Nor was it the first education hashtag to take center stage at an awards show: #PublicSchoolProud, which emerged as a response to new U.S. Education Secretary Betsy DeVos, got a shoutout during the Oscars in February.

And it also is not the first time this year that D.C. schools have gotten a surprise burst of attention. The Oscars were just a week after DeVos drew fire for criticizing the teachers she met during her first school visit as secretary — to a D.C. public school.

Startup Support

Diverse charter schools in New York City to get boost from Walton money

PHOTO: John Bartelstone
Students at Brooklyn Prospect Charter School in 2012. The school is one of several New York City charters that aim to enroll diverse student bodies.

The Walton Family Foundation, the philanthropy governed by the family behind Walmart, pledged Tuesday to invest $2.2 million over the next two years in new charter schools in New York City that aim to be socioeconomically diverse.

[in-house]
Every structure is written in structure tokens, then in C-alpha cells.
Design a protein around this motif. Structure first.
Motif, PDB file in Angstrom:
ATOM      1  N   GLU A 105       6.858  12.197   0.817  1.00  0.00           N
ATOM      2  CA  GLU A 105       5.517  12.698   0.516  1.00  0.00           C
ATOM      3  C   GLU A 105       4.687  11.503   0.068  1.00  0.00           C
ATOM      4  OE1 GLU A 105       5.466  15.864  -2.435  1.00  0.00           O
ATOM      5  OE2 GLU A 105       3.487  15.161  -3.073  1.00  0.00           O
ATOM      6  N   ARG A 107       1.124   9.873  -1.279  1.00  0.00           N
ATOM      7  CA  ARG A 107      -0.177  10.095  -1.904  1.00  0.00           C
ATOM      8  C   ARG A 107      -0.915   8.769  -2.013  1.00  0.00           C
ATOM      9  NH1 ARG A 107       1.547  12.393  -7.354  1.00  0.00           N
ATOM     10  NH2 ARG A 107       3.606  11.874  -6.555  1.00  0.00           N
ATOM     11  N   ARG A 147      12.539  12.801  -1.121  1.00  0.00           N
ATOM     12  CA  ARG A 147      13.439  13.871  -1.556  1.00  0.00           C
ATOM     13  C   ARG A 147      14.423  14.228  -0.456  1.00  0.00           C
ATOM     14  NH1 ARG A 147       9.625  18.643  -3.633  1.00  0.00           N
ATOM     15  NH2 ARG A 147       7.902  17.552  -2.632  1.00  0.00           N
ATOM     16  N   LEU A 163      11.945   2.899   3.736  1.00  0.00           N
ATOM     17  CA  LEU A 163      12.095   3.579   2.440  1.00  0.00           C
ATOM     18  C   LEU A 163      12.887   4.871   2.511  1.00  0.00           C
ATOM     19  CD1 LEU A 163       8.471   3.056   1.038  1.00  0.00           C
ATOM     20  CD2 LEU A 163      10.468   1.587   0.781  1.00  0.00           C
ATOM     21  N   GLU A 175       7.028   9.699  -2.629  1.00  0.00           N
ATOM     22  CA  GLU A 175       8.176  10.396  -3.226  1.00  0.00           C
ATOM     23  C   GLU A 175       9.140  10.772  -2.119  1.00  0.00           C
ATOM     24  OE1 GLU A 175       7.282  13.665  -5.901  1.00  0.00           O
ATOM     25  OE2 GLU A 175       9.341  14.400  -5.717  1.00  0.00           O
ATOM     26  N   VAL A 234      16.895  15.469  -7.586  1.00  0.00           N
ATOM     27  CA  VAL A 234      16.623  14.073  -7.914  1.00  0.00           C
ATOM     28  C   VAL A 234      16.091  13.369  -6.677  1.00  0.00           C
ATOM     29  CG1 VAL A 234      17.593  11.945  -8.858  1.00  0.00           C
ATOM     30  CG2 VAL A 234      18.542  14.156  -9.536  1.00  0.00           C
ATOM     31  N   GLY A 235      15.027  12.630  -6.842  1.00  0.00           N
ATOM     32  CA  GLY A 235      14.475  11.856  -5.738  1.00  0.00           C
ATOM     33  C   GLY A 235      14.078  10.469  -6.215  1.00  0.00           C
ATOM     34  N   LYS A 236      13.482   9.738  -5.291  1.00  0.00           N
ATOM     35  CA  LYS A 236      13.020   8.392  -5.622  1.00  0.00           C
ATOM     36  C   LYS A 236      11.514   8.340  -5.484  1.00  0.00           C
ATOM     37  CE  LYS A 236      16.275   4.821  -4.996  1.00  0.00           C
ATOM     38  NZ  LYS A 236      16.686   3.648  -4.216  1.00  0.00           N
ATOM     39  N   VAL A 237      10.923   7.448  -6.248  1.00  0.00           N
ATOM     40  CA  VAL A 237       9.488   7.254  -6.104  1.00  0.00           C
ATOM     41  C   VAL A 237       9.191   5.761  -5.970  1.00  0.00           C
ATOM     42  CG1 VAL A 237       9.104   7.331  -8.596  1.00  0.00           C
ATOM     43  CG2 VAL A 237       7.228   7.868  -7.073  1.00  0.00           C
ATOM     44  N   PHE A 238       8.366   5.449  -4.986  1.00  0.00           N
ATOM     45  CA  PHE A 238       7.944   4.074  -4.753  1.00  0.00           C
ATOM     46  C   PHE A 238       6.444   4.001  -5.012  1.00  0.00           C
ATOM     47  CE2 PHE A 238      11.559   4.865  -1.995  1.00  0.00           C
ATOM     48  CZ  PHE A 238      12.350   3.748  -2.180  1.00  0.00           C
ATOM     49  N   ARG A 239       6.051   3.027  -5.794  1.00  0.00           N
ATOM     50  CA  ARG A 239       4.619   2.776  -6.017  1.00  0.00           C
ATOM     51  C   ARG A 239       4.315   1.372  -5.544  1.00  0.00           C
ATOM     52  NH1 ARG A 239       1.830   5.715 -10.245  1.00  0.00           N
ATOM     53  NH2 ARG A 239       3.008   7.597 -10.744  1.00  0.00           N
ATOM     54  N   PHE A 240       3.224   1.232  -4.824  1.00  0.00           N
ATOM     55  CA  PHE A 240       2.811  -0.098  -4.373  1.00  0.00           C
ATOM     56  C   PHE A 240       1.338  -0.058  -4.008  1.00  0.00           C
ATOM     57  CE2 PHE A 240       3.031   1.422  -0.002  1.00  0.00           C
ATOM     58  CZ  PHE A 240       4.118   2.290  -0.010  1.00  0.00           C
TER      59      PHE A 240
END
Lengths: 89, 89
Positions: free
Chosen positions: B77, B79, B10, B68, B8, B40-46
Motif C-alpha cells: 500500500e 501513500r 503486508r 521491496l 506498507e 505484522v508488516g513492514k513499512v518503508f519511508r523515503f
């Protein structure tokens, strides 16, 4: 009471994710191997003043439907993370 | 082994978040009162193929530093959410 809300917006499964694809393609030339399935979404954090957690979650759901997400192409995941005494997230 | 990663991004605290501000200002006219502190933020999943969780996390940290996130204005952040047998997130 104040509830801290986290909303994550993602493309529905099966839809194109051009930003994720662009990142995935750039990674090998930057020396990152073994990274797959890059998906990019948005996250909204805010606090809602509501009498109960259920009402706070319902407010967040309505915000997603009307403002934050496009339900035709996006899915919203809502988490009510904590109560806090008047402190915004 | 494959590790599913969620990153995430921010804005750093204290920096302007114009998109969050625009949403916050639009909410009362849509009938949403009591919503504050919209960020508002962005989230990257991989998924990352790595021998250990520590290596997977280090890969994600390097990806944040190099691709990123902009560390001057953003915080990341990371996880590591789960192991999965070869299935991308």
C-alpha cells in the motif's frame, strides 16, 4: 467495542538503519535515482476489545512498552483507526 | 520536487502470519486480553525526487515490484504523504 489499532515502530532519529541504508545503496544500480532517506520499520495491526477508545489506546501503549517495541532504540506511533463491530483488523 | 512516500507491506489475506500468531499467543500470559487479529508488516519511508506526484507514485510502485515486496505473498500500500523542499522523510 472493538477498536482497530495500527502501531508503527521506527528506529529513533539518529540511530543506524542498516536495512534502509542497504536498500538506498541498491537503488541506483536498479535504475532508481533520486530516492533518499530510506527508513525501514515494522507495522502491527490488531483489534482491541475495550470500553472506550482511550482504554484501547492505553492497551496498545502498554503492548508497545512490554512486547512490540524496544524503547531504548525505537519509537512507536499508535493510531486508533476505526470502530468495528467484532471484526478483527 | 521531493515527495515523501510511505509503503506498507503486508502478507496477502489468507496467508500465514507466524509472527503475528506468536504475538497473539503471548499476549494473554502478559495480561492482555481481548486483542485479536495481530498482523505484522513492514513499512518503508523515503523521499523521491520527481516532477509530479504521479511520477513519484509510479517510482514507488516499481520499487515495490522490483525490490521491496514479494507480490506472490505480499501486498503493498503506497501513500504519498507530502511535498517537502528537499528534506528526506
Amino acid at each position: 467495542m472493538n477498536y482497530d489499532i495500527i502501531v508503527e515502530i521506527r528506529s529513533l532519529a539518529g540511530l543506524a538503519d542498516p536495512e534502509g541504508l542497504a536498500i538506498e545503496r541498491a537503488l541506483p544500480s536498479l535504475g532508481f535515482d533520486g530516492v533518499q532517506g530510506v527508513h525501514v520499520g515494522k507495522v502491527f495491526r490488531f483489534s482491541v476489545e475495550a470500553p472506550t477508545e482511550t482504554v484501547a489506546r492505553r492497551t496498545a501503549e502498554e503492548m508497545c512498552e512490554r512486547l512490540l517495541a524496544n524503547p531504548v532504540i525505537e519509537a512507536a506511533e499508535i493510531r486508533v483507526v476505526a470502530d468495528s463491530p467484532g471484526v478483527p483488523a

Officials from the foundation expect the initiative to support the start of about seven mixed-income charter schools, which will be able to use the money to pay for anything from building space to teachers to technology.

The effort reflects a growing interest in New York and beyond in establishing charter schools that enroll students from a mix of backgrounds, which research suggests can benefit students and is considered one remedy to school segregation.

“We are excited to help educators and leaders on the front lines of solving one of today’s most pressing education challenges,” Marc Sternberg, the foundation’s K-12 education director and a former New York City education department official, said in a statement.

Walton has been a major charter school backer, pouring more than $407 million into hundreds of those schools over the past two decades. In New York, the foundation has helped fund more than 100 new charter schools. (Walton also supports Chalkbeat; read about our funding here.)